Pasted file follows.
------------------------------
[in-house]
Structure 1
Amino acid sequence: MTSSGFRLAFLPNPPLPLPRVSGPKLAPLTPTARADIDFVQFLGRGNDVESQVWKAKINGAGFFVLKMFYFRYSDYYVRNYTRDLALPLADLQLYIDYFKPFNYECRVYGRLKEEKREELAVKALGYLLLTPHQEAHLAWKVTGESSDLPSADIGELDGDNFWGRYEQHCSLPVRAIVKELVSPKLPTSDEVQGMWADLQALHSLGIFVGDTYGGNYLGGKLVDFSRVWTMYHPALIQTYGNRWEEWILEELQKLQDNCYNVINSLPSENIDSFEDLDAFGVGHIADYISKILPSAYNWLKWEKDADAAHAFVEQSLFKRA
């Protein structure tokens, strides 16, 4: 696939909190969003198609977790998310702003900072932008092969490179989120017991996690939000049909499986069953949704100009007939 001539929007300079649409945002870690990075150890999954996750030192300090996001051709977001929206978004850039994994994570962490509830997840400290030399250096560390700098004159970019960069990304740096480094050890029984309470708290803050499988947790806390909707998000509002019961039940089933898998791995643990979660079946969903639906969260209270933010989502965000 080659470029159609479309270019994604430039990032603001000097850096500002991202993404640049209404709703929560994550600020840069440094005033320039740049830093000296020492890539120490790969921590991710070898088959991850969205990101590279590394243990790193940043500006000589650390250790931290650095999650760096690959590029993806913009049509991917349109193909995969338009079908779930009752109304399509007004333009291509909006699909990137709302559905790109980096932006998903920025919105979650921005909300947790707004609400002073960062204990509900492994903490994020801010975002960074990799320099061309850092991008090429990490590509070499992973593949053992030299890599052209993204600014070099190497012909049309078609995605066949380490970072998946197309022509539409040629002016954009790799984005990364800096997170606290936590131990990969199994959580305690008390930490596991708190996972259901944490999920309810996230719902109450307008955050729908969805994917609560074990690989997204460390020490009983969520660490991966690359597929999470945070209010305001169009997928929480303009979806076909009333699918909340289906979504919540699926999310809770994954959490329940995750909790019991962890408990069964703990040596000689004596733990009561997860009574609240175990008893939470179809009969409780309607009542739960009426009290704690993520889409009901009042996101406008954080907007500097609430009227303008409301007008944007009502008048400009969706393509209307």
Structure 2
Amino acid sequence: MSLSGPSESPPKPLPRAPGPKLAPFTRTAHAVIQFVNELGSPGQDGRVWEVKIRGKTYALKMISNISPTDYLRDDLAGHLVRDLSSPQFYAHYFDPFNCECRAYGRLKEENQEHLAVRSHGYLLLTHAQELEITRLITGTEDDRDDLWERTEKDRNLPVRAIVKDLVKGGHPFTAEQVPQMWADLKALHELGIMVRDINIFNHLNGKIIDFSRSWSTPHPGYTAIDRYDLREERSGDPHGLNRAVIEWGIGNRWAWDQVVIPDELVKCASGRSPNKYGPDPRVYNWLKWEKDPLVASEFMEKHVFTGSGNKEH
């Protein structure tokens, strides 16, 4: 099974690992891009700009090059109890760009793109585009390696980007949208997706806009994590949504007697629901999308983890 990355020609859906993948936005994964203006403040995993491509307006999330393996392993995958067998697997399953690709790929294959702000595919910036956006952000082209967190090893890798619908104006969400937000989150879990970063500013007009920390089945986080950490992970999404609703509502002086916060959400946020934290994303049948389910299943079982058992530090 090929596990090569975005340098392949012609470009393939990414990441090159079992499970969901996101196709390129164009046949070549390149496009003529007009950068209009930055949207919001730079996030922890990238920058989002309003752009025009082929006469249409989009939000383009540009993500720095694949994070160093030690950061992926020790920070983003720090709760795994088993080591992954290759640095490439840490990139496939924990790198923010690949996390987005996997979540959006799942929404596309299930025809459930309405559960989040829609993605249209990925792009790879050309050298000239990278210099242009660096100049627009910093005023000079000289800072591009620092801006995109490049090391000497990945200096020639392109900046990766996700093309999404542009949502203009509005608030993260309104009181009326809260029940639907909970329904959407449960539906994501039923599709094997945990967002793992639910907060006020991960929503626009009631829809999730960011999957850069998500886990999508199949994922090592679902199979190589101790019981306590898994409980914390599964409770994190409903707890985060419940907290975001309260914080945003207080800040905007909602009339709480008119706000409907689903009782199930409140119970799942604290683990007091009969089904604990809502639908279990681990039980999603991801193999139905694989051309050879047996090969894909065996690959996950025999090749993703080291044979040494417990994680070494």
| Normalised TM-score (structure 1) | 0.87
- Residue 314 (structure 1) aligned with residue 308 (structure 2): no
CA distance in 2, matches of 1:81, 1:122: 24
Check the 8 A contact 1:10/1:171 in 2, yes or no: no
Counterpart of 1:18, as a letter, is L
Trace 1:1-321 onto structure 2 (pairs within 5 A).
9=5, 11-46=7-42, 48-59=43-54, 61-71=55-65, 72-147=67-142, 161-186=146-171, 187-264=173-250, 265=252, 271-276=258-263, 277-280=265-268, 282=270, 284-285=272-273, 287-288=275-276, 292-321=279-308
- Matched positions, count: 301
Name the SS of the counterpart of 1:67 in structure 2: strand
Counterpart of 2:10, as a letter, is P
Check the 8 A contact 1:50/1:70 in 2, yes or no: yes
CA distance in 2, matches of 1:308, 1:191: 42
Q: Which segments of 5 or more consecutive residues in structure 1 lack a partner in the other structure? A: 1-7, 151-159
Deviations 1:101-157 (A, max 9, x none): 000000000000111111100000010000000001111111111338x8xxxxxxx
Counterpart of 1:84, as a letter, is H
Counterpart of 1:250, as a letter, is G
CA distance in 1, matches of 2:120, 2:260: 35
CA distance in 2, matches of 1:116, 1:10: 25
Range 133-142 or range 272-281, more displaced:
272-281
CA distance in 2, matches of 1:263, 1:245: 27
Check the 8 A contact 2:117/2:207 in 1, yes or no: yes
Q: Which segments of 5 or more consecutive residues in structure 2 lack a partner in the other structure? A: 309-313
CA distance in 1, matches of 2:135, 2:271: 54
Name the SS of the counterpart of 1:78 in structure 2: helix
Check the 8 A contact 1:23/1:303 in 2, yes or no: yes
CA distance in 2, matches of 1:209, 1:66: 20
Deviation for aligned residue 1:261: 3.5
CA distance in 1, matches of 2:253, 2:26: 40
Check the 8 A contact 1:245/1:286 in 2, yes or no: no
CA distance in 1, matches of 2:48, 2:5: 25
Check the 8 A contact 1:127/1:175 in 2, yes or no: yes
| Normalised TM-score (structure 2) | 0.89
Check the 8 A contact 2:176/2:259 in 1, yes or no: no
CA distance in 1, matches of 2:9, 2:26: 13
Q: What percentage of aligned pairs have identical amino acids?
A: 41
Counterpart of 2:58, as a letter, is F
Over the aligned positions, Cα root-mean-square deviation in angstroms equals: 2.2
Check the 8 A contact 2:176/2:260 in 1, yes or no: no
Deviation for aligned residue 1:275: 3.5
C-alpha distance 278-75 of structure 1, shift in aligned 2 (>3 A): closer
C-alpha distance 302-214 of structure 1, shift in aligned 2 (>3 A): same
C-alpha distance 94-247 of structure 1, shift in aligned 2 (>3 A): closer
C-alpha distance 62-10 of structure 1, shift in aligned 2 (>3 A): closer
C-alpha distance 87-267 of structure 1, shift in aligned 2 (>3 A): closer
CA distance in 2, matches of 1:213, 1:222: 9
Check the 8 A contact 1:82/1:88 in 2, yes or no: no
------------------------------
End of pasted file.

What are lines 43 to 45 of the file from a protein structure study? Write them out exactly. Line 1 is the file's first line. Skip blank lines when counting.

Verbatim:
Q: What percentage of aligned pairs have identical amino acids?
A: 41
Counterpart of 2:58, as a letter, is F